Other pen companies prefer instead the strength and power of eagles; the Eagle Pencil company uses and eagle which imperiously flies over the earth, clinging a pen in its claws as if it was a precious prey.
The eagle is the protagonist of the ads published by the Italian Williamson company, too. In its ads, the mighty bird flies with a fierce expression over the world with a pen solidly clung in its claws. Here the message is even subtler as the idea of possession is clearly emphasized as if the fountain pen was a precious writing instrument which deserves to be held tightly in one’s hands.
The blackbird is one of the most common birds, it is likeable and well known; this is why Mabie Todd chose it to name one of their new models. The blackbird is small, light and lovely: the same is true for the pen bearing its name. Mabie Todd’s Blackbird has all the necessary requirements to be a reliable, low-priced, successful writing instrument. The same model was also sold in Belgium with the name “Le Merle Blanc”.
To depict ink capacity, Conklin developed the idea which associated the outline of its Crescent Filler to the hump of a camel. The advertising result is efficient and totally original. The camel embodies all the qualities you can expect from a quality pen: it moves smoothly covering long distances, its capacious hump allows it to live long without water in the same way as the Conklin Crescent Filler can write very smoothy and do without the ink bottle for a very long time.
A few years later, the American Dunn company came up with the image of the camel once more, to emphasize the great ink capacity of their pens which were able to write for “ a month without a drink”. It’s a shame that the graphics depicted a dromedary instead of a camel, as we can see in the ad.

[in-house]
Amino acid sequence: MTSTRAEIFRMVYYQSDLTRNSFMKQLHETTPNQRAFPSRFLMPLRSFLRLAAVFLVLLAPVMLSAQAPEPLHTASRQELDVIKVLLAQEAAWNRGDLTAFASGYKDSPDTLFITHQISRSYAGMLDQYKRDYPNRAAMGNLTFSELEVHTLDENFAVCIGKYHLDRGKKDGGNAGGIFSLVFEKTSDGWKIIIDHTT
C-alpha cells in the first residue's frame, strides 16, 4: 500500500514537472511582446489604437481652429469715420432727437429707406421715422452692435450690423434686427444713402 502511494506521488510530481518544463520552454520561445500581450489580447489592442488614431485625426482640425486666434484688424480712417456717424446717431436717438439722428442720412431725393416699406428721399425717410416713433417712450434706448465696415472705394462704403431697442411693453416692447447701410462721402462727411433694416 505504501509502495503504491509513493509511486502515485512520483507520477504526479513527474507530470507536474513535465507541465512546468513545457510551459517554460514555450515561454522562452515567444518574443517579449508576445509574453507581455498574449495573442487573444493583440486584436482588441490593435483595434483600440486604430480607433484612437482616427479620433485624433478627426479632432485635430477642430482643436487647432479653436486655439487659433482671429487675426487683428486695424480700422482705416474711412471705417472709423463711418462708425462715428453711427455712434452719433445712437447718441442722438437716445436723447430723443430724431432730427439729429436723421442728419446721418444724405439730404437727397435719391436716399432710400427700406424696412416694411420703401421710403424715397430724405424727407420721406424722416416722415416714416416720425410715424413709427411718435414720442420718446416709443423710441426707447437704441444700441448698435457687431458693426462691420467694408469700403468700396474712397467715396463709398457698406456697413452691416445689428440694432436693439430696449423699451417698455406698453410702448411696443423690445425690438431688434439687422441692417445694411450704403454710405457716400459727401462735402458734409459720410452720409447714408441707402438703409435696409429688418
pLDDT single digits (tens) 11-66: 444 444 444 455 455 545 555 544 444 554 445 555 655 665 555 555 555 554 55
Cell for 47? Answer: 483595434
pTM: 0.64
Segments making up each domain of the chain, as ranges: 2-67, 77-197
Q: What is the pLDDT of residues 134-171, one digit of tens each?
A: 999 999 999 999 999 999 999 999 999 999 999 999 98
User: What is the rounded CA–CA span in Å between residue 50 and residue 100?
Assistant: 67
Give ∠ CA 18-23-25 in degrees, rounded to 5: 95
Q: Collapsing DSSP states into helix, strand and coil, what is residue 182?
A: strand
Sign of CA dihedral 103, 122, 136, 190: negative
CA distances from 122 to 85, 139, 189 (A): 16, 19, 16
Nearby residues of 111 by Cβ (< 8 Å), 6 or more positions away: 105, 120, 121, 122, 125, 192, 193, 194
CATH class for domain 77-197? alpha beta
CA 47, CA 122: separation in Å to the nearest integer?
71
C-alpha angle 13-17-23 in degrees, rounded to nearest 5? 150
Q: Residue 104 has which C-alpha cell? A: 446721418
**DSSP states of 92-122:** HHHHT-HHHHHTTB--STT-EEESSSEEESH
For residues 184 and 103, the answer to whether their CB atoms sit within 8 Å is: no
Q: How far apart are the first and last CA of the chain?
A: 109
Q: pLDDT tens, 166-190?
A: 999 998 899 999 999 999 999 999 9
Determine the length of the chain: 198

The French company Mallat chose the whale; the size of this animal was used to underline the enormous ink capacity of its pens. The cetacean’s happy smile is a symbol of friendship and, being a marine mammal, there is no doubt that the pens it advertises, are water/ink tight.
Parker in the late 1920’s decided to choose the natural contrast of colors of the tanager bird (red body and black wings) to support its advertising campaign for the Duofold, a big red pen with black ends.
Montblanc is one of the few pen companies which very rarely used animals to promote its products. The image of a bear was used to name one of its sub-brands: “Schwarzer Bear”. In this case the powerful animal becomes the symbol of sturdiness and strength. Another Montblanc sub-brand, the Reflex, was associated with the image of a cat, underlining softness of touch and flexibility. Beyond this, Montblanc’s advertising campaigns have used lots of other iconic images with no connection with the world of animals.
It is finally worth mentioning the tortoise: in Japan, the word Mannenhitsu, used to identify fountain pens, derives exactly from the association with the name of this animal, which is the symbol of long life. Tortoises are in face very common in many old Japanese pen adverts.
The journey in the world of animal-related pen adverts cannot be considered concluded without mentioning the Italian brand Leoncini, which utilized the image of a monkey writing with a huge fountain pen. In this case, more than suggesting ink-tightness, reliability and smoothness, the image suggests that with a Leoncini fountain pen, even a monkey can write!
This article was written in 1996 and published in the Italian Pen Magazine "Vivi il Grande Mondo della Penna" nr. 17.
Most of the illustrations come from the original publication.